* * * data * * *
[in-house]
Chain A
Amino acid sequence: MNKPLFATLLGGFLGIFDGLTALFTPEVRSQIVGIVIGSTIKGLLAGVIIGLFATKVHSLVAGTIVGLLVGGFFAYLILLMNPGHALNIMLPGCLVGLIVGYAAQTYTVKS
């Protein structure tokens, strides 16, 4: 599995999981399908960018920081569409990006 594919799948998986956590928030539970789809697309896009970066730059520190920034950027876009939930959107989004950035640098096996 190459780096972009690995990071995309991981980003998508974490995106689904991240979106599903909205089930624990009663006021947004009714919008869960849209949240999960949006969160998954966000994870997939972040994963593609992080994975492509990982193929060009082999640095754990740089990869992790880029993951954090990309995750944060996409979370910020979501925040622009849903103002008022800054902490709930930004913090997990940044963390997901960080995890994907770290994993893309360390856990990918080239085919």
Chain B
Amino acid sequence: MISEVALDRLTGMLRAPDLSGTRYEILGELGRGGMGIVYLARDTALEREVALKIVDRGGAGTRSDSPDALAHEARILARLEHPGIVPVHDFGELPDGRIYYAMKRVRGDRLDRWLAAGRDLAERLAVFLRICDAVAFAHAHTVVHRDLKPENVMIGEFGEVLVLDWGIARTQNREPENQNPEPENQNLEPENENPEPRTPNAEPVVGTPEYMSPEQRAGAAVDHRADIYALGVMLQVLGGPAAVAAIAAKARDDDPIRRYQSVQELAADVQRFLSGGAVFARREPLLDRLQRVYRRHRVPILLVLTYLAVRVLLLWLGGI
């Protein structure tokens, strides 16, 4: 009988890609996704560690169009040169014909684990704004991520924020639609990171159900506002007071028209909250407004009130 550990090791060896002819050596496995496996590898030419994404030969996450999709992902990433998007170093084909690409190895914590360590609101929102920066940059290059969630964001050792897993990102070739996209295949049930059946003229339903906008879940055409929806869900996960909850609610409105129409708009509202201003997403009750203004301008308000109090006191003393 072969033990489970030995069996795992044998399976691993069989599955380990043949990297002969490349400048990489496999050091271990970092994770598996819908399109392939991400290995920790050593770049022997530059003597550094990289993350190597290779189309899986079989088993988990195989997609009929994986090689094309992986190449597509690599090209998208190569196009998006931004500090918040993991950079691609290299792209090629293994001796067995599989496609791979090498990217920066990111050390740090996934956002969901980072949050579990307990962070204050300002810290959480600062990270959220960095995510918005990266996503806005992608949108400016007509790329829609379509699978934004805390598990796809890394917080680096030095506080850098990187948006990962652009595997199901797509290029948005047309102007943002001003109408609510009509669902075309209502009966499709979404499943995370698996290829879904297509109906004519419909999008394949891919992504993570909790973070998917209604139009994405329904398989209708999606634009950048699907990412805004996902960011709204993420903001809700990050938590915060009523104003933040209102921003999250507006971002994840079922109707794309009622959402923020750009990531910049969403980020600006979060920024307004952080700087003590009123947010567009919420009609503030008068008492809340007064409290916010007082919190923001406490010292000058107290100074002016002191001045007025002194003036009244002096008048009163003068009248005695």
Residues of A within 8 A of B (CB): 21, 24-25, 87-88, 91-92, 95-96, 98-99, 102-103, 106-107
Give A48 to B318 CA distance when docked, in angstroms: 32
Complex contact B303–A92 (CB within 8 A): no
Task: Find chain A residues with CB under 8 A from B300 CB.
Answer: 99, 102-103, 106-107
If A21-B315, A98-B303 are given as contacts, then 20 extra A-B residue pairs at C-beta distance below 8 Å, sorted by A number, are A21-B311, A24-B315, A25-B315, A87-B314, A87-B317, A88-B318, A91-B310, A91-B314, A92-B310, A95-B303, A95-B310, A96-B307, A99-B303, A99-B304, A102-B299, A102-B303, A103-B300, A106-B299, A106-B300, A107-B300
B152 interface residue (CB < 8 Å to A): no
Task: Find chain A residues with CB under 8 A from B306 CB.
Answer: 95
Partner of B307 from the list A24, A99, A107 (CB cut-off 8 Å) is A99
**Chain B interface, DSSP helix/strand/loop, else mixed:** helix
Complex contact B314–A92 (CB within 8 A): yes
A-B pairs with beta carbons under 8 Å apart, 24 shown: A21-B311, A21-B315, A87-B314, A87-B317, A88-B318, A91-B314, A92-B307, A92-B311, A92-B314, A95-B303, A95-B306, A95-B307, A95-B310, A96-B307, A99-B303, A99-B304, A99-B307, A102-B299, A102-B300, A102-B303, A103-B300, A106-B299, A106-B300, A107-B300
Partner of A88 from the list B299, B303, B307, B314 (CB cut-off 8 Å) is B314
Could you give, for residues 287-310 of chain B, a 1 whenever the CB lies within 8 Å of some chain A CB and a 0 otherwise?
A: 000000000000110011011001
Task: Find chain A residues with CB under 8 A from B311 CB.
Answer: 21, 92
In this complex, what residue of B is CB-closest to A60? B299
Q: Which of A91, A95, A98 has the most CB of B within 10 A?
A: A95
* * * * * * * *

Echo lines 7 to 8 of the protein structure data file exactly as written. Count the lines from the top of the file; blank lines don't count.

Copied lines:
């Protein structure tokens, strides 16, 4: 009988890609996704560690169009040169014909684990704004991520924020639609990171159900506002007071028209909250407004009130 550990090791060896002819050596496995496996590898030419994404030969996450999709992902990433998007170093084909690409190895914590360590609101929102920066940059290059969630964001050792897993990102070739996209295949049930059946003229339903906008879940055409929806869900996960909850609610409105129409708009509202201003997403009750203004301008308000109090006191003393 072969033990489970030995069996795992044998399976691993069989599955380990043949990297002969490349400048990489496999050091271990970092994770598996819908399109392939991400290995920790050593770049022997530059003597550094990289993350190597290779189309899986079989088993988990195989997609009929994986090689094309992986190449597509690599090209998208190569196009998006931004500090918040993991950079691609290299792209090629293994001796067995599989496609791979090498990217920066990111050390740090996934956002969901980072949050579990307990962070204050300002810290959480600062990270959220960095995510918005990266996503806005992608949108400016007509790329829609379509699978934004805390598990796809890394917080680096030095506080850098990187948006990962652009595997199901797509290029948005047309102007943002001003109408609510009509669902075309209502009966499709979404499943995370698996290829879904297509109906004519419909999008394949891919992504993570909790973070998917209604139009994405329904398989209708999606634009950048699907990412805004996902960011709204993420903001809700990050938590915060009523104003933040209102921003999250507006971002994840079922109707794309009622959402923020750009990531910049969403980020600006979060920024307004952080700087003590009123947010567009919420009609503030008068008492809340007064409290916010007082919190923001406490010292000058107290100074002016002191001045007025002194003036009244002096008048009163003068009248005695």
Residues of A within 8 A of B (CB): 21, 24-25, 87-88, 91-92, 95-96, 98-99, 102-103, 106-107